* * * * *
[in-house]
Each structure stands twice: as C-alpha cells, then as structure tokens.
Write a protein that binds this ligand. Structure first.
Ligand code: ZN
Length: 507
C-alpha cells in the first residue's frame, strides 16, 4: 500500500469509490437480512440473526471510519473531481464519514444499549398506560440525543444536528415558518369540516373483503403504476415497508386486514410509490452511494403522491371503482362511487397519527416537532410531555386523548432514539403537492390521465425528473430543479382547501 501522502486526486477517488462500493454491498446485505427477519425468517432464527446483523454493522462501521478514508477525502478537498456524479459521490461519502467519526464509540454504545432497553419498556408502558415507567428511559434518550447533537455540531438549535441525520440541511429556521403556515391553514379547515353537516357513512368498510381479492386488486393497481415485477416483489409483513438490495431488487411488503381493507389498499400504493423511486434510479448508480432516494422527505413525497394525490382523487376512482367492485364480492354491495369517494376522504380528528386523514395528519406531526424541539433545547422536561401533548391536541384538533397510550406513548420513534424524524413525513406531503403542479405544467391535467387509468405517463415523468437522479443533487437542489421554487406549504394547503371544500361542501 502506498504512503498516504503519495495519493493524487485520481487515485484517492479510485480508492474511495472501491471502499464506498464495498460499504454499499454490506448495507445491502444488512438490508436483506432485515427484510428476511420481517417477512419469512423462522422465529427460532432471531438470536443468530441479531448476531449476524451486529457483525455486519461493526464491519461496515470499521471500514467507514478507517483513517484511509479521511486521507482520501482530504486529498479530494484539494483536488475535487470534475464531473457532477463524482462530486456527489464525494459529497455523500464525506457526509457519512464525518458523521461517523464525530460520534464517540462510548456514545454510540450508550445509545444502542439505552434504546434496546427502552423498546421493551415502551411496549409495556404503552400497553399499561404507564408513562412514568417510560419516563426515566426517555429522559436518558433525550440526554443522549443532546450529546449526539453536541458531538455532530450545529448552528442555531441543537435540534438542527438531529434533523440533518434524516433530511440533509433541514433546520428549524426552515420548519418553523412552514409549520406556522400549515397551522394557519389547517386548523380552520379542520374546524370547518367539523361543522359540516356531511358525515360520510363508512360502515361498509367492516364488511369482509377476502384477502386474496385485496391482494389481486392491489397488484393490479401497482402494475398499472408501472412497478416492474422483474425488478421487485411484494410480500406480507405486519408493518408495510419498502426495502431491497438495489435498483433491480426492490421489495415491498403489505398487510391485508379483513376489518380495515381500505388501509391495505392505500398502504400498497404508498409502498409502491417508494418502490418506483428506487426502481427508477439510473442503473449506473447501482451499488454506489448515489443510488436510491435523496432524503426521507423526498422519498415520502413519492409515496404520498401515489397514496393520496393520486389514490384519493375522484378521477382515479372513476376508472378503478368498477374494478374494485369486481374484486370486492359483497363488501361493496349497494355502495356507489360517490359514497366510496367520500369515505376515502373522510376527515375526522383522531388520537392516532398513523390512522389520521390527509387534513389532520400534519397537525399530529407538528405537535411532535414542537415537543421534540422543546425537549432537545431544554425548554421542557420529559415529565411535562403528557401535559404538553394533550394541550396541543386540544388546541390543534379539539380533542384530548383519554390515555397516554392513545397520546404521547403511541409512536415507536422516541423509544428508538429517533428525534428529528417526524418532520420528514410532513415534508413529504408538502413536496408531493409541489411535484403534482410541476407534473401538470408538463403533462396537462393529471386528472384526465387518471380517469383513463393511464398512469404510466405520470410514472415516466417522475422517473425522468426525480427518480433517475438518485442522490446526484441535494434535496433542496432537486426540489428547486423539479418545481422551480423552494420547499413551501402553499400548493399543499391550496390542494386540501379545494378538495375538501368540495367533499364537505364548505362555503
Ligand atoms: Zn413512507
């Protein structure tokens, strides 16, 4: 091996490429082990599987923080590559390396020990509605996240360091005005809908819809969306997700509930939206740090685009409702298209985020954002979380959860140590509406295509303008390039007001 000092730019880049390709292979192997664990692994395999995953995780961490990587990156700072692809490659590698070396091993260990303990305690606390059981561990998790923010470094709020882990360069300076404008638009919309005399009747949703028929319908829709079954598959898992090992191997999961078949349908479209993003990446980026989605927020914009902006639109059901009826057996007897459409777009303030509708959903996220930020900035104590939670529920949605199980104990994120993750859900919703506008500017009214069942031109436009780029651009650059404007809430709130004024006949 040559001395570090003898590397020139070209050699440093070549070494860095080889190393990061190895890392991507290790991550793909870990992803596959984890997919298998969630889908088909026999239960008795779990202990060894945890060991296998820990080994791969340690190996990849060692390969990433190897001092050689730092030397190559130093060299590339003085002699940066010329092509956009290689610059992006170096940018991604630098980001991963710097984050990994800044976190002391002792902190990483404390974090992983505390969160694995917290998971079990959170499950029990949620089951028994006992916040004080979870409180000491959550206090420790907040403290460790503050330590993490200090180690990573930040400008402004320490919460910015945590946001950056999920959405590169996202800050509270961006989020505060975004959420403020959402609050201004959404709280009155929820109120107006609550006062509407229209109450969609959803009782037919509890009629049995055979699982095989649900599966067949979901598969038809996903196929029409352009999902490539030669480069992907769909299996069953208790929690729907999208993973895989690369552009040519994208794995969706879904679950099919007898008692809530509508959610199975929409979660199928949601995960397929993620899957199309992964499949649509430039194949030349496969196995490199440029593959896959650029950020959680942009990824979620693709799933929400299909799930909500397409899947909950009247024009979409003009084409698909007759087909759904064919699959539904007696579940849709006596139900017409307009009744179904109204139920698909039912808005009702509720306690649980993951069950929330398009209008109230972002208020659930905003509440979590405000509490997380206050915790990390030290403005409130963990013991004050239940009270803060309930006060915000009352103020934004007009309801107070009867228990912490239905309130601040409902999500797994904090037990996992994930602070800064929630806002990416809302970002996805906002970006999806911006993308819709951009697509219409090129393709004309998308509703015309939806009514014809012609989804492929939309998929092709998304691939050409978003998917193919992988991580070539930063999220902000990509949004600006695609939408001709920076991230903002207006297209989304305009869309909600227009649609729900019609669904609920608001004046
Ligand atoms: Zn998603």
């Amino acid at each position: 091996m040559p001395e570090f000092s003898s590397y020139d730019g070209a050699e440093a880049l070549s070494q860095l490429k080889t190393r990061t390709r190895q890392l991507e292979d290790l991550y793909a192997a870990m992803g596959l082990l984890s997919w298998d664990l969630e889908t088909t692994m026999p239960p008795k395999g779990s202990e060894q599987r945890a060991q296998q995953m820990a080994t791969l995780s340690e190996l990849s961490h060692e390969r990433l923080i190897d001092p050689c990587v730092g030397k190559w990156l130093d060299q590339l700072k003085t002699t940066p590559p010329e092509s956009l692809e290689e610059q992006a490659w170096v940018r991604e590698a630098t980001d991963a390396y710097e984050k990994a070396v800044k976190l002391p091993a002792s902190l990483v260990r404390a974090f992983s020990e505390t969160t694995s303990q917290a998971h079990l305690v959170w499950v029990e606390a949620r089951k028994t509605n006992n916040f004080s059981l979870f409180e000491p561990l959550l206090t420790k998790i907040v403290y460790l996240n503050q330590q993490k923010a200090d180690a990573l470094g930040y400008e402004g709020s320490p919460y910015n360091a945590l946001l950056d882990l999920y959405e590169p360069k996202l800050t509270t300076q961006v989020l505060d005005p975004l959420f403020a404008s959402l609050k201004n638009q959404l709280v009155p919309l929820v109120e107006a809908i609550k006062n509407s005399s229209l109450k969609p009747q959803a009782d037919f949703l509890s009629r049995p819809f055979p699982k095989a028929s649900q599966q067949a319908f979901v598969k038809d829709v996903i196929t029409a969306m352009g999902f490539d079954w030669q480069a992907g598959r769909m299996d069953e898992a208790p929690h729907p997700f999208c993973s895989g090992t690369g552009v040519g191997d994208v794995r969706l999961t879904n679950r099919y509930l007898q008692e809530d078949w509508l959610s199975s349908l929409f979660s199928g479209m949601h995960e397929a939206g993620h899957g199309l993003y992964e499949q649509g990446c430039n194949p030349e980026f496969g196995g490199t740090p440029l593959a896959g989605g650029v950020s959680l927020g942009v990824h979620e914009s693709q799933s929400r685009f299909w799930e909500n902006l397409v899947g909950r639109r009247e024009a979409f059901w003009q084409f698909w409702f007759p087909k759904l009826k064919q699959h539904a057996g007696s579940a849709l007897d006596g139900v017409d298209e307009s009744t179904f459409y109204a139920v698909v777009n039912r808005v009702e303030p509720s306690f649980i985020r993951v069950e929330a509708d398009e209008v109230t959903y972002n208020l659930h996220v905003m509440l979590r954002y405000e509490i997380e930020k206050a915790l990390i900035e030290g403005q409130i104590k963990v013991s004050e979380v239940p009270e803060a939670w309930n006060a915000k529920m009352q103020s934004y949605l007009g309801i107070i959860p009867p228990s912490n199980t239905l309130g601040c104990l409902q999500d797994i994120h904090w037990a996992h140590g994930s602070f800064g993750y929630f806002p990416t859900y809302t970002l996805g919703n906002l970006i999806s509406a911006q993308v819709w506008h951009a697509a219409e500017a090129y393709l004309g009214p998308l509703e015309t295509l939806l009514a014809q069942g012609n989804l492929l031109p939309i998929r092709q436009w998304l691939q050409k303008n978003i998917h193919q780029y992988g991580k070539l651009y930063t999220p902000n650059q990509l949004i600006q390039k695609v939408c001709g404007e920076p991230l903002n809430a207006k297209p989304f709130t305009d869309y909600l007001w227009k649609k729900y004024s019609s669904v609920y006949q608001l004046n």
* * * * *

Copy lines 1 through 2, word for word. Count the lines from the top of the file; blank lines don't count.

[in-house]
Each structure stands twice: as C-alpha cells, then as structure tokens.